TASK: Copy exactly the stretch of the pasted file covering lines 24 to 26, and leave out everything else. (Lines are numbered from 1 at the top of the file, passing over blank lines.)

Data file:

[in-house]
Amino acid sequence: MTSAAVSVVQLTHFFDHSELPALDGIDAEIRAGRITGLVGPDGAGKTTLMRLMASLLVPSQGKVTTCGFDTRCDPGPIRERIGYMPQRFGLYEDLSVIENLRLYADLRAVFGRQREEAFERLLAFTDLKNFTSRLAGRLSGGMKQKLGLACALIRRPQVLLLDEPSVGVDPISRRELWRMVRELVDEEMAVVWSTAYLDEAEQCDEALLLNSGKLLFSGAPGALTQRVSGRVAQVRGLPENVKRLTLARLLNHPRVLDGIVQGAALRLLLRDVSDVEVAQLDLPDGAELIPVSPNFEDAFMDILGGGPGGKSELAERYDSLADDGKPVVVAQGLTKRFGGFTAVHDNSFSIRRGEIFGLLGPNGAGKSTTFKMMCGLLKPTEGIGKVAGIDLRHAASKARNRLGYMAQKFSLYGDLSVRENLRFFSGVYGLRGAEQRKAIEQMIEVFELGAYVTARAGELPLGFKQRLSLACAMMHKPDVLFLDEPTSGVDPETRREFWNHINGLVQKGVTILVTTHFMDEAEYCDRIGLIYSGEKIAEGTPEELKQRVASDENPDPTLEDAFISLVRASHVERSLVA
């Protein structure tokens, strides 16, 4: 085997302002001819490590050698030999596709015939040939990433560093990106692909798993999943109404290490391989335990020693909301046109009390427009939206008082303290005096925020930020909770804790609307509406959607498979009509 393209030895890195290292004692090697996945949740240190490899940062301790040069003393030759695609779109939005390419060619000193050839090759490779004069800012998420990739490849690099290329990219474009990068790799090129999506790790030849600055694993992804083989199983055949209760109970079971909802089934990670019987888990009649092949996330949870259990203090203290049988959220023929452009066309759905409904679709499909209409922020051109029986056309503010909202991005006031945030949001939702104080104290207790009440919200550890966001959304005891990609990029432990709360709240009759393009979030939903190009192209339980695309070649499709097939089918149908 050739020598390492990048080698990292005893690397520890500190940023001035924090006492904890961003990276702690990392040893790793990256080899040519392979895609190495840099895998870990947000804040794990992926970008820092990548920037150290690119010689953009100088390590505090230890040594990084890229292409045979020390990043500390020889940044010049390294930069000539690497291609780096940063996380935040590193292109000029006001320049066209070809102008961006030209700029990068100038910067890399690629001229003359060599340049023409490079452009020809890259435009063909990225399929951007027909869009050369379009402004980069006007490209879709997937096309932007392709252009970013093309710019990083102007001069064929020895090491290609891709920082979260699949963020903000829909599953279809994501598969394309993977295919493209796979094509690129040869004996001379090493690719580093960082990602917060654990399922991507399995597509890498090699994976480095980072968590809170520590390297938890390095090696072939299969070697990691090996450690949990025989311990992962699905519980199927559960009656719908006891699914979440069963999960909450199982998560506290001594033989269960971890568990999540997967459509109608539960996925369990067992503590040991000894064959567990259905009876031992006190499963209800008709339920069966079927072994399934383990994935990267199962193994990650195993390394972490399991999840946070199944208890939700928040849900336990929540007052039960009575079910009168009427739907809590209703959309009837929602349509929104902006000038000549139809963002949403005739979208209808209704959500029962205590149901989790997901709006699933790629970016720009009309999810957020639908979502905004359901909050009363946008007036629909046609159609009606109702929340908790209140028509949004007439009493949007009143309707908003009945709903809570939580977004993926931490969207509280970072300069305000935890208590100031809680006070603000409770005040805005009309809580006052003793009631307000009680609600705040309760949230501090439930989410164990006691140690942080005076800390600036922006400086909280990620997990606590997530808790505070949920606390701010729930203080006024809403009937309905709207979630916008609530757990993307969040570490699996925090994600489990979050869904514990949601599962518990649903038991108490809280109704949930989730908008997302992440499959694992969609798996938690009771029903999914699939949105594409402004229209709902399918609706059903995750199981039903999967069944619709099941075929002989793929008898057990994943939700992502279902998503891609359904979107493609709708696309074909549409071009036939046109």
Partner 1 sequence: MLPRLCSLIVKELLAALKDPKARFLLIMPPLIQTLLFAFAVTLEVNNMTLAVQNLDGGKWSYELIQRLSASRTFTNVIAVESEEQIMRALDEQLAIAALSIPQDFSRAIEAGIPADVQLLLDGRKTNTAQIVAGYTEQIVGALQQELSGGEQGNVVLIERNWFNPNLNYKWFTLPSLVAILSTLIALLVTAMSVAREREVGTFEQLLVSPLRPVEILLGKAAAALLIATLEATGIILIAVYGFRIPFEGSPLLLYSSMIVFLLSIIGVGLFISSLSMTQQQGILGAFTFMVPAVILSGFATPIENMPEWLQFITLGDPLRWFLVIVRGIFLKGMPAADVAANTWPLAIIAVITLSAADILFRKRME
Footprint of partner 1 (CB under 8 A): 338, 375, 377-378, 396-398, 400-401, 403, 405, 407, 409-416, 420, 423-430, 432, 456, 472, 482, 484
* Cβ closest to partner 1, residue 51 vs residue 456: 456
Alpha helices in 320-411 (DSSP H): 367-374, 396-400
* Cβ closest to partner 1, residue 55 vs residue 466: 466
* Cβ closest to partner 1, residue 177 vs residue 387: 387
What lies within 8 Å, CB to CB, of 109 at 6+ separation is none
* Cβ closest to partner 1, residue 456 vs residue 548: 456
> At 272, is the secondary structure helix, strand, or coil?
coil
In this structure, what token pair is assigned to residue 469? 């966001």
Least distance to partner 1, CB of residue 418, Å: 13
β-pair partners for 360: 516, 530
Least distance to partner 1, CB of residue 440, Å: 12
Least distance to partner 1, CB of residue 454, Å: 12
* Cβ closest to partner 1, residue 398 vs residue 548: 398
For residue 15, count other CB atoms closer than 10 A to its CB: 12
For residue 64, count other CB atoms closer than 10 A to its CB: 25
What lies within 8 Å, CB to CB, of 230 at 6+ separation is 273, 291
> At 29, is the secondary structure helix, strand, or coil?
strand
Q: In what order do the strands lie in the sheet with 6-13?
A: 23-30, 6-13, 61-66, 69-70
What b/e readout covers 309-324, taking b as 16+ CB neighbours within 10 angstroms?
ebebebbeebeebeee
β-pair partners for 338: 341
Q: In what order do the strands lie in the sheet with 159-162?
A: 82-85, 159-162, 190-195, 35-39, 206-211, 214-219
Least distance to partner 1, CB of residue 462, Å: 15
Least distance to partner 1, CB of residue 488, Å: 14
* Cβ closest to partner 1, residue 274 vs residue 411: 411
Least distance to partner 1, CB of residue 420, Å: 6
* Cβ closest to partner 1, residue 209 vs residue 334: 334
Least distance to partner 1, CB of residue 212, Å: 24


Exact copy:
strand
Q: In what order do the strands lie in the sheet with 6-13?
A: 23-30, 6-13, 61-66, 69-70